|About this Recording
NA428312 - POE, E.A.: Tales of Mystery and Imagination (Unabridged)
The Fall of the
House of Usher
The Pit and
& Other Tales of
Mystery and Imagination
Mystery and crime stories are among the most popular forms of fiction today, and the popularity of the genre is no mystery to millions of readers – and listeners – worldwide. Although his source of happiness was writing poetry, Edgar Allan Poe also raised the short story to an art form. His dark, gothic tales of mystery and imagination had heavy influence on the modern thriller. This exceptional selection of works illustrates why many consider Edgar Allan Poe to be the father of the modern mystery.
The early years of the 1840s were the high point of Poe’s life. He produced a series of fine macabre and suspenseful stories that have retained their power to shock and frighten even today.
Among the 10 selections contained in this collection is The Fall of the House of Usher (1839), a detailed, symbolic account of the derangement and dissipation of an individual’s personality.
While listening to The Tell-Tale Heart (1843), one must be reminded not to take horror in Poe too autobiographically. The narrator’s “nervousness” is a frequently used device of Poe to establish tone and plausibility through heightened states of consciousness.
In writing The Masque of the Red Death (1842), Poe would have considered such historical examples as the Black Death or the bubonic plague of the Middle Ages as well as the cholera epidemics that ravaged Philadelphia in the 1790’s and Baltimore in his own lifetime. However, in this story, the plague takes the unusual form of a red death rather than a black one so that blood, the very substance of life, now becomes the mark of death.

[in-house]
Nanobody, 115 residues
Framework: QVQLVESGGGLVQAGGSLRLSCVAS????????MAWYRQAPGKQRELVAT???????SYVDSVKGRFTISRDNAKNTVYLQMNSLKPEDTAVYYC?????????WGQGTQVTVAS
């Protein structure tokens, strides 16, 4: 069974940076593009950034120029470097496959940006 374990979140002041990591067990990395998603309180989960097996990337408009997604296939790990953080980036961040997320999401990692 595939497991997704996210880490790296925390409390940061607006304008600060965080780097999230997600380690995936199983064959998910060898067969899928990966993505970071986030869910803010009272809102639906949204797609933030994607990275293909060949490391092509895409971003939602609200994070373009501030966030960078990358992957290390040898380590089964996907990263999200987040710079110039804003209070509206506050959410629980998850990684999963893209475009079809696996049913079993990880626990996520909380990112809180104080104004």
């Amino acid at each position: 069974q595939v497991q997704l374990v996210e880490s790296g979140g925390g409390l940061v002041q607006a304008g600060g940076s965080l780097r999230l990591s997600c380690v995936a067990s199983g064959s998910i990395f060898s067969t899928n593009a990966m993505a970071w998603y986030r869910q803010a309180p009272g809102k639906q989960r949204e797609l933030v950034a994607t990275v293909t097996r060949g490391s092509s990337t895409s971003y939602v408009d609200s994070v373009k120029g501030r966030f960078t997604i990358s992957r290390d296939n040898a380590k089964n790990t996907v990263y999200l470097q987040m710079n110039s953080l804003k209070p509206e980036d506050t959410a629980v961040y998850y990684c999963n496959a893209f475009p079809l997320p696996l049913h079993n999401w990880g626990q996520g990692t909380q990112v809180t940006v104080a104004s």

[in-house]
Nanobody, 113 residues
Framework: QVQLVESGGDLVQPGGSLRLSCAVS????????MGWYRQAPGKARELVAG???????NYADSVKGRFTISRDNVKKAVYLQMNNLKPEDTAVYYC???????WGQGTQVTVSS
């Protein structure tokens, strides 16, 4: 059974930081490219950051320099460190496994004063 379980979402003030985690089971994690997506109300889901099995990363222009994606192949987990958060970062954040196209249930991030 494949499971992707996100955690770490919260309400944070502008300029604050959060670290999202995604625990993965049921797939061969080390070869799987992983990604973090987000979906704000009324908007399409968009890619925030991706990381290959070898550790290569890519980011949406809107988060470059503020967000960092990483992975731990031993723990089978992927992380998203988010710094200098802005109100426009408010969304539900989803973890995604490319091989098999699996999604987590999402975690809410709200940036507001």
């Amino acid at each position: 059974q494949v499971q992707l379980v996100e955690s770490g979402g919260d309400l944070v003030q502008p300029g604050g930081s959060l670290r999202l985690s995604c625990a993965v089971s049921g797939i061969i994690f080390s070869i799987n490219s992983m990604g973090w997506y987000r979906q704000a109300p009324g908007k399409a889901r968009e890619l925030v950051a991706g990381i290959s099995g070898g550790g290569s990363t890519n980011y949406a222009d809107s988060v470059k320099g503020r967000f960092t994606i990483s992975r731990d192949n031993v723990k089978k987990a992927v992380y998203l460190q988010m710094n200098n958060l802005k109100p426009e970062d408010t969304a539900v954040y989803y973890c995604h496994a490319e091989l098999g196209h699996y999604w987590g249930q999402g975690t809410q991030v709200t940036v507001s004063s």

The Cask of Amontillado (1846), is a classic example of the use of an unreliable narrator. Montresor tells his tale of revenge smugly, as he invites the listener to applaud his cleverness. By telling the story from Montresor’s point of view, Poe forces us to look into the inner workings of a murderer’s mind.
The Black Cat (1843), serves as a reminder for all of us: The capacity for violence and horror lies within each of us, no matter how docile and humane our dispositions might appear.
Also included are The Pit and the Pendulum (1842), Ligeia (1838), The Premature Burial (1844) and The Facts in the Case of M. Valdemar (1845).
Although a collection of short stories, it would be remiss to not include The Raven (1845). First published under a pseudonym and a symbol of “mournful and never-ending remembrance”, The Raven is Poe’s best-known poem and one of the most famous works in American literature.
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